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PAUL DARROW for the (GLOBE AND MAIL)
PAUL DARROW for the (GLOBE AND MAIL)

FINANCIAL FACELIFT

Can she afford to take summers off and also buy a house? Add to ...

Leanna is 43 and single again with shared custody of her two children, ages 6 and 8.

She has a government job and a good pension, but she takes five weeks off without pay each summer – in addition to her vacation – to spend with the children. This leaves her with gross income of roughly $88,000 a year, a number that will rise to $97,000 a year (in today’s dollars) when she goes back full time.

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Leanna expects to get $112,000 soon from the sale of the family home and wonders whether she can afford to buy a house in the Halifax area for herself and the children in the next couple of years.

Prices in her neighbourhood range from $275,000 to $350,000. She will also need a new car in the next year or so.

“Can I afford both of these and continue to take five weeks unpaid leave each year?” Leanna asks in an e-mail. “And what should I do with the down payment until then?”

She hopes to retire at age 60, at which point she will be entitled to a pension of $4,430 a month, plus a bridge benefit of $890 a month, which falls away when she begins collecting Canada Pension Plan benefits at age 65.

We asked Barbara Garbens, president of B L Garbens Associates Inc., to look at Leanna’s situation.

What the expert says

Ms. Garbens prepared three difference forecasts for Leanna. In the base plan, Leanna buys a $300,000 home in the summer of 2015. She retires at age 60.

“In this scenario, Leanna’s capital runs out in 2054 (age 83), at which time she will have to sell her home to free up capital for future living costs,” Ms. Garbens says.

In the second forecast, Leanna buys a house for the same price at the same time but continues to work until she is 65.

“Her capital lasts until 2061 (age 90) before she has to think about freeing up the value of her home,” the planner says.

In the third example, Leanna puts off buying the home until 2020 and retires at age 60. “Her capital lasts beyond mortality and no home sale is contemplated,” Ms. Garbens says.

The planner goes with the base plan. The plans assume an average annual return on investment of 3 per cent for registered savings, 5 per cent for non-registered investments and an inflation rate of 3 per cent.

(Ms. Garbens also assumes Leanna returns to work full-time at the end of August, 2020.)

Leanna will use the $112,000 she gets as part of her settlement for a down payment on a new home and a car. Because she will need the money within the next 18 months, the planner suggests Leanna keep it in a high-interest savings account or a short-term guaranteed investment certificate.

Looking beyond the home purchase, Ms. Garbens says Leanna will have surplus income during her working years despite the mortgage, day care and higher education costs.

“I suggest that she consider a combination of making additional payments toward her mortgage and also continue to contribute to her tax-free savings account,” Ms. Garbens says. “I would maximize the TFSA first, and then throw whatever else she has as a surplus toward the mortgage payment.”

If the TFSA is to form part of Leanna’s long-term savings, she should invest the money in a combination of fixed-income and equities, possibly through exchange-traded funds that charge low management expense ratios, the planner adds.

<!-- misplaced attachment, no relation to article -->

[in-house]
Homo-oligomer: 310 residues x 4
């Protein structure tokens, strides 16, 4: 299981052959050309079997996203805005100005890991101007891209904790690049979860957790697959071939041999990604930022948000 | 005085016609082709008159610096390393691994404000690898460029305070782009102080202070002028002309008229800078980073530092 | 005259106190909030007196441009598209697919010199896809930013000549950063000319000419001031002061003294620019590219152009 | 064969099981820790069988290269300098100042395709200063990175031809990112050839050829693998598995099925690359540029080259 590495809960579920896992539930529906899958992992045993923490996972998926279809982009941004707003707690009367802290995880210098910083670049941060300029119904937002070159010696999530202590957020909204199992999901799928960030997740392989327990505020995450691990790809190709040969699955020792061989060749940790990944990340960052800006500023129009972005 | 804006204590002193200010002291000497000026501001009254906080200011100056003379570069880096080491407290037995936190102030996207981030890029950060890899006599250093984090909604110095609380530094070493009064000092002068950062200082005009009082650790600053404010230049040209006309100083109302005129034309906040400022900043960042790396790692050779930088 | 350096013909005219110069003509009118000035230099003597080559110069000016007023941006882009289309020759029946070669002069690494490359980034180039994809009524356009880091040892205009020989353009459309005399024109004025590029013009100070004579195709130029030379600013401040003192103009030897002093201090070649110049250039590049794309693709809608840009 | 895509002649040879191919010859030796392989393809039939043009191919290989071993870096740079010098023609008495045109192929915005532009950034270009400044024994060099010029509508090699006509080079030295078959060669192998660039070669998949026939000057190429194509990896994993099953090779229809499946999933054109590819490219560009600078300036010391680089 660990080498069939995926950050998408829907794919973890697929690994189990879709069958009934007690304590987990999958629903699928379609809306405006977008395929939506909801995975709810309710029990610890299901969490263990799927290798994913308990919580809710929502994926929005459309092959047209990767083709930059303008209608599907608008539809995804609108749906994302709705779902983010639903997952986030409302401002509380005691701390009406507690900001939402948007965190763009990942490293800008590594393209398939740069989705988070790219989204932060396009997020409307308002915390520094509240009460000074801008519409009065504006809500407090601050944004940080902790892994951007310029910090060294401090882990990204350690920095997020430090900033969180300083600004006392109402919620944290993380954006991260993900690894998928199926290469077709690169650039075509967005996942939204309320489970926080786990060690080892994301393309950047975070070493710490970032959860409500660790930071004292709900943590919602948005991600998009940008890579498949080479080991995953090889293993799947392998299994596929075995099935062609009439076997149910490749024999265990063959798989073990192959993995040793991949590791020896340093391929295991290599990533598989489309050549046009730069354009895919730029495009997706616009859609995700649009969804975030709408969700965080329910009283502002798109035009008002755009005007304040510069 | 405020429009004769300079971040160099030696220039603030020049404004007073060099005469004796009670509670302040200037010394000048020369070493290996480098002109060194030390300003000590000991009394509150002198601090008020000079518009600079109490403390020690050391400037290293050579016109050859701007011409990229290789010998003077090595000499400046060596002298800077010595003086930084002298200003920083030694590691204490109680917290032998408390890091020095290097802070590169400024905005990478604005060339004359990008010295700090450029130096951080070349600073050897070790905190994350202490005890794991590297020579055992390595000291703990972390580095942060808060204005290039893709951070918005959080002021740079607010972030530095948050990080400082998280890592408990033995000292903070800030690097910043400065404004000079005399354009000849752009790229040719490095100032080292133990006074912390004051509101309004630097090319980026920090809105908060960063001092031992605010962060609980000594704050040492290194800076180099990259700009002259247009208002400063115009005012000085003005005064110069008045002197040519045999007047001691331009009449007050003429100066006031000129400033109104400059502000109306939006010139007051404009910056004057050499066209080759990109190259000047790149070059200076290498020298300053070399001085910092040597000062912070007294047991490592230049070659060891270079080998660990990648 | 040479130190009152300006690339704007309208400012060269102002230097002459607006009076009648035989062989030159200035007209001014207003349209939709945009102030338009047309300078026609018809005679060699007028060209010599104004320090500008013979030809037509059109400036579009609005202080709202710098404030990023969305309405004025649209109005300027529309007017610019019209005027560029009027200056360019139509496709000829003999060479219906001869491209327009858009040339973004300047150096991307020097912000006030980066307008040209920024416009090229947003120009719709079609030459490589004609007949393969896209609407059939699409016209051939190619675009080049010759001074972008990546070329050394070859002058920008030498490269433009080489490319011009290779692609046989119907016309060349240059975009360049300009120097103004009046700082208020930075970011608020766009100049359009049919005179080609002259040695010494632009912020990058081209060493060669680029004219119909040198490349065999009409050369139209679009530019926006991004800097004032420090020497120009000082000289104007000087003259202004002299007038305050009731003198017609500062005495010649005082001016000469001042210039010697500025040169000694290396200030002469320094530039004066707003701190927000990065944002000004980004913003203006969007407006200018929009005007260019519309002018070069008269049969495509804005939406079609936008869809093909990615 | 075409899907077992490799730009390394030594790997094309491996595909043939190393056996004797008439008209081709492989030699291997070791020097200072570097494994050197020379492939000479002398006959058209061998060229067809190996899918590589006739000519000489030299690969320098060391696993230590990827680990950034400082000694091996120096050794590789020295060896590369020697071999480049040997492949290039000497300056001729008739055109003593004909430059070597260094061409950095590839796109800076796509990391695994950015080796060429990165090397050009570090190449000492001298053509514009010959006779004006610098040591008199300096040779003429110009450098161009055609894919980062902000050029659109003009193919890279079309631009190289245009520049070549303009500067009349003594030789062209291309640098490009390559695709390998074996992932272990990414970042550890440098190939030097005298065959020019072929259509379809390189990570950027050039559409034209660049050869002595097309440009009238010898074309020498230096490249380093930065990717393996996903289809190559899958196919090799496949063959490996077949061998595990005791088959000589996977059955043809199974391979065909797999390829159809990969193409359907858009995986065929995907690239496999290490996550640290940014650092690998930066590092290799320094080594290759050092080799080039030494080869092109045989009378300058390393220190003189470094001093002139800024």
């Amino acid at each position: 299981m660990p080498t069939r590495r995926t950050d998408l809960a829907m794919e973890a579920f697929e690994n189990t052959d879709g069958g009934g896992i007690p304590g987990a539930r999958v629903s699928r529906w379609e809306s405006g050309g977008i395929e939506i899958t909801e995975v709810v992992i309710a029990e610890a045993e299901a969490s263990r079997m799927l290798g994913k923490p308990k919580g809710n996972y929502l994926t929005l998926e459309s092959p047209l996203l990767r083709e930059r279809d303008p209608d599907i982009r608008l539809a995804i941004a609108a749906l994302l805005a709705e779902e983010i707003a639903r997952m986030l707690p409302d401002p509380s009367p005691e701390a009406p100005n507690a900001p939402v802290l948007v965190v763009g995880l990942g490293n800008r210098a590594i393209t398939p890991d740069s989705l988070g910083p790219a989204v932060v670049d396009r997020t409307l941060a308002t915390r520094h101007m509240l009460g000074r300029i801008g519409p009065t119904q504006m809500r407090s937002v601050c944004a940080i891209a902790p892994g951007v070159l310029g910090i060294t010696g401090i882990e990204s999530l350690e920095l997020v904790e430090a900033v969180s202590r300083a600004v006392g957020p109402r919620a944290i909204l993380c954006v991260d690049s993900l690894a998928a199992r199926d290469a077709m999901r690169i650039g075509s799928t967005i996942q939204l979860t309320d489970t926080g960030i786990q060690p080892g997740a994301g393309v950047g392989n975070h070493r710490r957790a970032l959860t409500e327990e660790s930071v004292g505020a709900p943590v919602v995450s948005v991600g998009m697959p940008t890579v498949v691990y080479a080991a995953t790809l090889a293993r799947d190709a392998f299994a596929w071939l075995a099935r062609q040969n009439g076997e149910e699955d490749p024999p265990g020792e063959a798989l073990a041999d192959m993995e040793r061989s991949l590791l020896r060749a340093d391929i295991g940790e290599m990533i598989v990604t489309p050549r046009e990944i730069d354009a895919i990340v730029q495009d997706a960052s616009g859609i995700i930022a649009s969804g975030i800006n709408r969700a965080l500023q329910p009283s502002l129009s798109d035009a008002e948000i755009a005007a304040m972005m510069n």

Once Leanna has contributed as much as possible to the TFSA and paid off the mortgage, she can start making contributions to a registered retirement savings plan to take advantage of the tax deduction.

Looking still further into the future, Ms. Garbens says Leanna will have to start thinking about selling her home when she is in her 80s, at which point it would be worth about $650,000, assuming price growth of 2 per cent a year.

Her annual expenses will have risen to about $98,000, while her pension income, CPP and Old Age Security will total about $109,000 pre-tax.

“Once tax is taken out of the equation, there is an approximate shortfall of about $17,000 a year,” she says. “If the house is not sold, this shortfall will continue.”

As the years go by, though, Leanna can review her expenses periodically to see whether she can cut back.

Client situation

The people

Leanna, 43, and her two children, 6 and 8.

The problem

Determining whether Leanna can afford to buy a house without having to give up her unpaid time off with the children in the summer.

The plan

Buy the house even though it may have to be sold when she is older to maintain her standard of living.

The payoff

A stable home for Leanna and the children to get on with the next stage of their lives.

Monthly net income

$5,265

Assets

Cash from settlement $112,000; estimated present value of DB pension plan $439,175; TFSA $17,145; RESPs $52,000. Total: $620,320

Monthly disbursements

Rent $825; other housing $220; transportation $380; groceries, drinks, dining out, entertainment $620; clothes, gifts, pets, grooming $300; telecom, Internet $125; sports, club memberships $305; charitable $40; vacation $300; life insurance $85; child care $225; summer camp $165; RESP $210; pension plan contributions $610. Total: $4,410. Surplus: $855

Liabilities

None

Read more from Financial Facelift.

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Some details may be changed to protect the privacy of the persons profiled.

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